Train Travel

"These Indian sleepers are not as comfortable as ours are... we have to take our own bedding, (sheets, pillows and comforter) a lavatory as always attached to each carriage... Packed and left for Jeypore [sic] at 10 o’clock. The Indian railway carriages all have lavatories and can be reserved by notifying the station...generally we were lucky enough to be alone. Papa and... Barratt getting one to themselves." 

The world’s first steam-powered railway, Stockton & Darlington, opened in 1825 in Northeastern England; by the 1840s, railways could be found across the country (Railways during the Victorian Era, 2019). In North America, the Canadian Pacific Railway began construction in 1881, 56 years after Stockton & Darlington, and reached completion in 1885; the CPR was built with the purpose of connecting Canada and its people from one coast to the other (Canadian Pacific, Our history). 

"Reached London a few minutes ahead of time, at 11.20. The country looked burnt but prosperous just now the... C.P.R. are having a war so we got home on...$6.00 a person from Montreal to London—just half one ordinary fare. The sleepers are just the same price $2.00 a night. These deductions must be very hard on the companies"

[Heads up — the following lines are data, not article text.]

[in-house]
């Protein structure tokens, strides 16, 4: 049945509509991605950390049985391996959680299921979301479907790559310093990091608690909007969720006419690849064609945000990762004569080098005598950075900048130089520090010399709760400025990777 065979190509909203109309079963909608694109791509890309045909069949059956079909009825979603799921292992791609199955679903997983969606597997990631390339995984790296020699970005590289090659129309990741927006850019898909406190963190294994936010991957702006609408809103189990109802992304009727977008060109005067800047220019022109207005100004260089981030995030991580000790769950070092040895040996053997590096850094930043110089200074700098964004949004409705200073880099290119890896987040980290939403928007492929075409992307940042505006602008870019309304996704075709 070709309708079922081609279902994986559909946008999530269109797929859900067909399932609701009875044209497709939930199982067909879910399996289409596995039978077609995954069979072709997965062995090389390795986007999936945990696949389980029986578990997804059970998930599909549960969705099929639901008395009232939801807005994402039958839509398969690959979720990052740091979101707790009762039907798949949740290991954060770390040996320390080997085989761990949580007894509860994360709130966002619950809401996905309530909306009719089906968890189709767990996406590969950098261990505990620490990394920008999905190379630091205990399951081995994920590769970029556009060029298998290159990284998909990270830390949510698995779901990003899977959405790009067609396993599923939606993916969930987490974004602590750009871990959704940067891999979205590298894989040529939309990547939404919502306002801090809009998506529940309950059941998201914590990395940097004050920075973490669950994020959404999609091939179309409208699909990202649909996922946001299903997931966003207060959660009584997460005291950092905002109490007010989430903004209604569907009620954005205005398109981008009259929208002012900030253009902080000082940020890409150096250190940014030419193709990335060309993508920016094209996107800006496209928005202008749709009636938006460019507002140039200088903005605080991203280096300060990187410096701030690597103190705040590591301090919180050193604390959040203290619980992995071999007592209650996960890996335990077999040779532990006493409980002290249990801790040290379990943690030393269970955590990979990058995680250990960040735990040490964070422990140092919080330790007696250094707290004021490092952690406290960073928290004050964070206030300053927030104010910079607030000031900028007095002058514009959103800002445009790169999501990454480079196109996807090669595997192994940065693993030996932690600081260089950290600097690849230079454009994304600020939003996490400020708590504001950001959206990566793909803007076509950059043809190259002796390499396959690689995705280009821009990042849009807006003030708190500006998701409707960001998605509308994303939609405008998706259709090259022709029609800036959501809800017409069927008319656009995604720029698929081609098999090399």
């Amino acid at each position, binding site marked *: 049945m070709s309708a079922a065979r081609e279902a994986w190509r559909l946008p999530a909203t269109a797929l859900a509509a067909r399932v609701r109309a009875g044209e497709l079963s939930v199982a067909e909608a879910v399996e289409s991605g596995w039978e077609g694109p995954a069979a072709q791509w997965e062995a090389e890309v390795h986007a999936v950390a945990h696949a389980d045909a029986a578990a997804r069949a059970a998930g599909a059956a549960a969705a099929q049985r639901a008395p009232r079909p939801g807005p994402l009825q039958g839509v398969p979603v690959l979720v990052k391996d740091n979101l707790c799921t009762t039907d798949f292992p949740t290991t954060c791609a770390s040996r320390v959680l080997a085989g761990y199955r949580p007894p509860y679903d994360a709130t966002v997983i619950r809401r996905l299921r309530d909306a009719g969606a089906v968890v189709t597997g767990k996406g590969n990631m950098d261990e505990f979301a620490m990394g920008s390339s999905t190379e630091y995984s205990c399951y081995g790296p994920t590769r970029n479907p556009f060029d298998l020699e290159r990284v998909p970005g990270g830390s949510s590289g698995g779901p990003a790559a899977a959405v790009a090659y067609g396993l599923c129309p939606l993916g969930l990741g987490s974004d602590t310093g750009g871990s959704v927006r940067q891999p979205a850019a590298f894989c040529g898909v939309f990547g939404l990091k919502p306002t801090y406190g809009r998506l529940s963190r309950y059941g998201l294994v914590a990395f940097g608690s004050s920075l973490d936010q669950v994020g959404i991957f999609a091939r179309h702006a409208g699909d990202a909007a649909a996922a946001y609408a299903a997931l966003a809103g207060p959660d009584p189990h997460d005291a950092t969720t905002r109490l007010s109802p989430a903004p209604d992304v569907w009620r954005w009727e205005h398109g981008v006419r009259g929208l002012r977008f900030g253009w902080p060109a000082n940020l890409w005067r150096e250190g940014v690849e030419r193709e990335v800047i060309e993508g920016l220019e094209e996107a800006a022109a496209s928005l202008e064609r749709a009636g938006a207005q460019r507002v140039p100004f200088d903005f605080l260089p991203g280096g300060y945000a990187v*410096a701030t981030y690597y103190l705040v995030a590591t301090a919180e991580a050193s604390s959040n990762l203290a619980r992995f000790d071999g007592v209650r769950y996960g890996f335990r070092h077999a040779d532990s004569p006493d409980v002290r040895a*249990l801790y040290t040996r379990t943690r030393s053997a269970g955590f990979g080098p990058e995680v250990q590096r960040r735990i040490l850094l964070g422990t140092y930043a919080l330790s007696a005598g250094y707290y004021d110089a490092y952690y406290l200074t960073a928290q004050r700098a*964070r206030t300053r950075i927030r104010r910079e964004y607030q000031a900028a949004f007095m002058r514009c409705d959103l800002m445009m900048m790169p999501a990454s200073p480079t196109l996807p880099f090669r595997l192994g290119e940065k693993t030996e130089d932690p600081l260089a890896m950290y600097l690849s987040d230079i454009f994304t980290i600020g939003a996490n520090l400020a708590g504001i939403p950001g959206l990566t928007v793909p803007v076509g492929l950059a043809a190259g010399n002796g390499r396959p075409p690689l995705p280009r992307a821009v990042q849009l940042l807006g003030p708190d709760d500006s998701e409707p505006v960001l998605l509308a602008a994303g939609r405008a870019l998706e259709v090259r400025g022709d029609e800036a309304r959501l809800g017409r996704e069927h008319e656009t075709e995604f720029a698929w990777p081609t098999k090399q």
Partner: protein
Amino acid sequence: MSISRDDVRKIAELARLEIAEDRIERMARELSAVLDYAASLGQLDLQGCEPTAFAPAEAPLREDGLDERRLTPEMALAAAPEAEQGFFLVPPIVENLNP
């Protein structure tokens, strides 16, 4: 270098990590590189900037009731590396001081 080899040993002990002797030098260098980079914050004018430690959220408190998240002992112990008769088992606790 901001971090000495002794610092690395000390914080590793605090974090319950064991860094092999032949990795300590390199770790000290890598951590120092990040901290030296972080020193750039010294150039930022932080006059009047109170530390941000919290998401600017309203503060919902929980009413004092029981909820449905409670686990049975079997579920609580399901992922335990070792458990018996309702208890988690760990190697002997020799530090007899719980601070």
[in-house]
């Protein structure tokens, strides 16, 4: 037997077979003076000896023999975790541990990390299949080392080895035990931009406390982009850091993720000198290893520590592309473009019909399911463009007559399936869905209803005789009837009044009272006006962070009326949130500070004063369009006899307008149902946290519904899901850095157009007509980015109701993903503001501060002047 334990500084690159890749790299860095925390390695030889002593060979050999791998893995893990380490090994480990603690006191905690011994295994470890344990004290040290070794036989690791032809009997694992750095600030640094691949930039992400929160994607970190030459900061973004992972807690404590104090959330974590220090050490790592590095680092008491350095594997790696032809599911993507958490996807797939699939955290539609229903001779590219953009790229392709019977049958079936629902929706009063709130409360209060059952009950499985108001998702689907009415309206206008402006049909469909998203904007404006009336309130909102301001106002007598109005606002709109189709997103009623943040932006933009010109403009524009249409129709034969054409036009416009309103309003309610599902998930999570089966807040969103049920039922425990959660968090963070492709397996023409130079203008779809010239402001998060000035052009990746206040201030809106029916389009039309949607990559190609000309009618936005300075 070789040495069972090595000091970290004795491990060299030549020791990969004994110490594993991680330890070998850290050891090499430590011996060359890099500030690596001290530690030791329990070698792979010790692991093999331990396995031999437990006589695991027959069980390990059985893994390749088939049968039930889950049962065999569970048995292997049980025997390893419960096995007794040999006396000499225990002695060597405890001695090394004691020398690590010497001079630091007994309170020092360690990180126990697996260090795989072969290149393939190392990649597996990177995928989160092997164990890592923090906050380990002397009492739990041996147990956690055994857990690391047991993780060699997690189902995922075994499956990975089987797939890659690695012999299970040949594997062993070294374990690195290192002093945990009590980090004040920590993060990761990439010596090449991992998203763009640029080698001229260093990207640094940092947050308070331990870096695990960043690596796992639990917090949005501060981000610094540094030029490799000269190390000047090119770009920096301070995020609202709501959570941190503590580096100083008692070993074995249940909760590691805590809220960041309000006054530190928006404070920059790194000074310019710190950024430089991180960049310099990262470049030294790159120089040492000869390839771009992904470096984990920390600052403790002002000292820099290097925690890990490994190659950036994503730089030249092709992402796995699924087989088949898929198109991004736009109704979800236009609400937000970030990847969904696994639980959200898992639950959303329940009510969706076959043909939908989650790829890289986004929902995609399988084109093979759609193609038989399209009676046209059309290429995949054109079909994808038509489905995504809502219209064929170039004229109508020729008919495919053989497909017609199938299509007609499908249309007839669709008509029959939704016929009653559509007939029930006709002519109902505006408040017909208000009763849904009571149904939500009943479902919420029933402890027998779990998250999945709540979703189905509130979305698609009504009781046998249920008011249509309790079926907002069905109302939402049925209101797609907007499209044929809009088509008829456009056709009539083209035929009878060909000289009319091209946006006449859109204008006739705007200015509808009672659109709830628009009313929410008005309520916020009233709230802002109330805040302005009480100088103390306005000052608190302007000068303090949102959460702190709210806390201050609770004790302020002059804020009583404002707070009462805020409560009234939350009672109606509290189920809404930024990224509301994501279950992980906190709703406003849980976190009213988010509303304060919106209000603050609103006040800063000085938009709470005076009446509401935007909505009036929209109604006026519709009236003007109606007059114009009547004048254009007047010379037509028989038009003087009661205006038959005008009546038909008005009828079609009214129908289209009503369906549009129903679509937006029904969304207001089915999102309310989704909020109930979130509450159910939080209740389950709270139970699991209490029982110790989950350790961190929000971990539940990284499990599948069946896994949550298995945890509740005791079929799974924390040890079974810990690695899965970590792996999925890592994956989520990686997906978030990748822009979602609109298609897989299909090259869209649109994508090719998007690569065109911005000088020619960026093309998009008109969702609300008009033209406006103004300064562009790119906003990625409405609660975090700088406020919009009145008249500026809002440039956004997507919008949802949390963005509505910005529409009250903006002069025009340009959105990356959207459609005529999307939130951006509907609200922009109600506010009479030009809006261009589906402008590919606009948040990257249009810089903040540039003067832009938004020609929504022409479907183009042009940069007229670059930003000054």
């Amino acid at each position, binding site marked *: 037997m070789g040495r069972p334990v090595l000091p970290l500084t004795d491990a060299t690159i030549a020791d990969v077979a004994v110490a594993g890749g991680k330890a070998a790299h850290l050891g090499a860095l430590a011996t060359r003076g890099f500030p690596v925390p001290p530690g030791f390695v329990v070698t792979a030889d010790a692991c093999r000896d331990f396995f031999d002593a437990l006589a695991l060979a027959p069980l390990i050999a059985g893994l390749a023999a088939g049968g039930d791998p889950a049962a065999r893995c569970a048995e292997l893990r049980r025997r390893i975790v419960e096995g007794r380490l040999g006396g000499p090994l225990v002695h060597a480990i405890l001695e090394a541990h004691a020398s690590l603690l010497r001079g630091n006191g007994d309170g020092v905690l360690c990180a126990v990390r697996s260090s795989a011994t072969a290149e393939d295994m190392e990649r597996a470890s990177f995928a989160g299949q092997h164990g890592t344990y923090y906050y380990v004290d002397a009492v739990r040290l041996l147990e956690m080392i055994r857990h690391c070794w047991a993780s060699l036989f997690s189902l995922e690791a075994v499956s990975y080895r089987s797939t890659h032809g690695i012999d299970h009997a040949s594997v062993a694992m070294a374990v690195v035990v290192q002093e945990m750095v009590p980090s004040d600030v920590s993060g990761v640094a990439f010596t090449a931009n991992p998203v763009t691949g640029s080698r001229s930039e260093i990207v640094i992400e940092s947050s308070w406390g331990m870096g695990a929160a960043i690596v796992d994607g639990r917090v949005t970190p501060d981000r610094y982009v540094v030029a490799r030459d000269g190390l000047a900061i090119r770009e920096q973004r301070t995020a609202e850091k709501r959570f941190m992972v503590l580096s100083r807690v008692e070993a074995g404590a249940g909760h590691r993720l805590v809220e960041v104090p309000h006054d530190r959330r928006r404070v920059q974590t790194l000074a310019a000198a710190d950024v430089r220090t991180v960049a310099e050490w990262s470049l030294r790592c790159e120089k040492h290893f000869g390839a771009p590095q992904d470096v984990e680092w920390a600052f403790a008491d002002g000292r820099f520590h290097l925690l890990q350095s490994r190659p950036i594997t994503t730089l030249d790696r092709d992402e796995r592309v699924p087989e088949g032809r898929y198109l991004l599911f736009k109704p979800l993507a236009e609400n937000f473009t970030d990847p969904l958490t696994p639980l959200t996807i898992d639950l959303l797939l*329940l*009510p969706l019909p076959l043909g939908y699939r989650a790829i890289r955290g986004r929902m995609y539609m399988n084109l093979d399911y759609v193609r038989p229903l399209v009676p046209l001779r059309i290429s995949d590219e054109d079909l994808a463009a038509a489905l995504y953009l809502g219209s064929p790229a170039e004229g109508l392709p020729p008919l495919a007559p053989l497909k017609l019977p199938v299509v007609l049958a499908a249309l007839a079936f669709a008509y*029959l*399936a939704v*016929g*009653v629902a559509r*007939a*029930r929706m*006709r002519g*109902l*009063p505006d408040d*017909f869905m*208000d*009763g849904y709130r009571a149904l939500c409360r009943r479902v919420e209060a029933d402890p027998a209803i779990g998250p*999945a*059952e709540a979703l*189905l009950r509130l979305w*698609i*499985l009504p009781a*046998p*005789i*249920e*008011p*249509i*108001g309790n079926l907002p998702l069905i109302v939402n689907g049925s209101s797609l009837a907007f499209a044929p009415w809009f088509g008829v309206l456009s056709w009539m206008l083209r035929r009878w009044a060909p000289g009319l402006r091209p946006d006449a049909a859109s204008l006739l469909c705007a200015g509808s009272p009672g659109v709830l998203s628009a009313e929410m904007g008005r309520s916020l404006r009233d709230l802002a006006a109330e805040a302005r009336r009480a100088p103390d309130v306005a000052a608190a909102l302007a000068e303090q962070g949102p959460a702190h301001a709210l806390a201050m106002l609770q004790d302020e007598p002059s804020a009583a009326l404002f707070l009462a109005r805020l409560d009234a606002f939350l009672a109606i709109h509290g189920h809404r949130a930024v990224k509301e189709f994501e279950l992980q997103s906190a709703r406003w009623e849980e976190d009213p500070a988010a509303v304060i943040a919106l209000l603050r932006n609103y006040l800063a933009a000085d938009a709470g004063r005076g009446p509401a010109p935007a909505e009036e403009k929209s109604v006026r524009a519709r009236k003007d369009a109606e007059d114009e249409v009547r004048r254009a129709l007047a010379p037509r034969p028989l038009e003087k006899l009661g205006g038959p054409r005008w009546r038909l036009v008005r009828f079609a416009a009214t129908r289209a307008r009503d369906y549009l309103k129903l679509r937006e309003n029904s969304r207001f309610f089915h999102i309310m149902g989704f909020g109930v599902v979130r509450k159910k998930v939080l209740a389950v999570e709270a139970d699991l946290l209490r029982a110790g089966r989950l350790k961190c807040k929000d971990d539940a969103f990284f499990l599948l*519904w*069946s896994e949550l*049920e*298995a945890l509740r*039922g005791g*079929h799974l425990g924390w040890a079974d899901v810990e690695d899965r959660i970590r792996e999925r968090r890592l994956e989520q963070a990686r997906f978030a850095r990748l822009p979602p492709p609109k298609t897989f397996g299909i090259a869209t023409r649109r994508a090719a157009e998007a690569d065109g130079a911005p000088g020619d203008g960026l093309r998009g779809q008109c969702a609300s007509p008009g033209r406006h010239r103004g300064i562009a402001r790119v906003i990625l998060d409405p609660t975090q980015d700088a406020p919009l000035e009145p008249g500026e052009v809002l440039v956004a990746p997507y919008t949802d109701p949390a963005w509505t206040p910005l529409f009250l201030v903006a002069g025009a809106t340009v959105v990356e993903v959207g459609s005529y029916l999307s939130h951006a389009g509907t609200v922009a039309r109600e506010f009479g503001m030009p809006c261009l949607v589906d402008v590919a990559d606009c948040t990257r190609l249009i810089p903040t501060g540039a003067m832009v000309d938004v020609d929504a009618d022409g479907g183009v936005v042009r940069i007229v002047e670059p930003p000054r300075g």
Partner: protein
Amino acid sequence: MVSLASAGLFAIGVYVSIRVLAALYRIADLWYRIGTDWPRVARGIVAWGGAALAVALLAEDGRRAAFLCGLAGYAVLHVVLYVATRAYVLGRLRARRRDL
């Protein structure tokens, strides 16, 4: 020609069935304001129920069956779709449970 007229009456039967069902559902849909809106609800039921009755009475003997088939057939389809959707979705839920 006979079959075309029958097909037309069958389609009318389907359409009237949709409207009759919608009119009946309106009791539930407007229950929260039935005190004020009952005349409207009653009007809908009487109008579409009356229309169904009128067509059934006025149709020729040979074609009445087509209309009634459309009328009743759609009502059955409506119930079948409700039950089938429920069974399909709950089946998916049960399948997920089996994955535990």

The quotation above is taken from one of Milly’s diary entries written about her return home after the family’s year-long trip. The “war” she mentions is likely in reference to the ongoing battle between certain railway workers and the Canadian Pacific Railway. 1897 saw an attempt to create a union for railway workers; this first unionization attempt failed, but gave rise to a second attempt, which would see more, albeit short-lived, success: In September of 1898 (less than one month after this diary entry was written) the United Brotherhood of Railway Employees (UBRE) was formed, an organization which would continue to fight with the CPR until the UBRE’s demise in 1903 (Tuck, 1983).

"Left Constantinople...on Sunday May 8. We had a large compartment to ourselves. The first night and day were very comfortable. This train is 7 hours slower than the Orient Express but it suited us as leaving on Thursday... It was also much cheaper. Having our own lunch basket we were independent of the restaurants which did not look attractive...We were glad that we had decided not to go to Buda Pest by steamer as we passed in the railway along the banks of the Danube and thought that we would have found the river trip monotonous."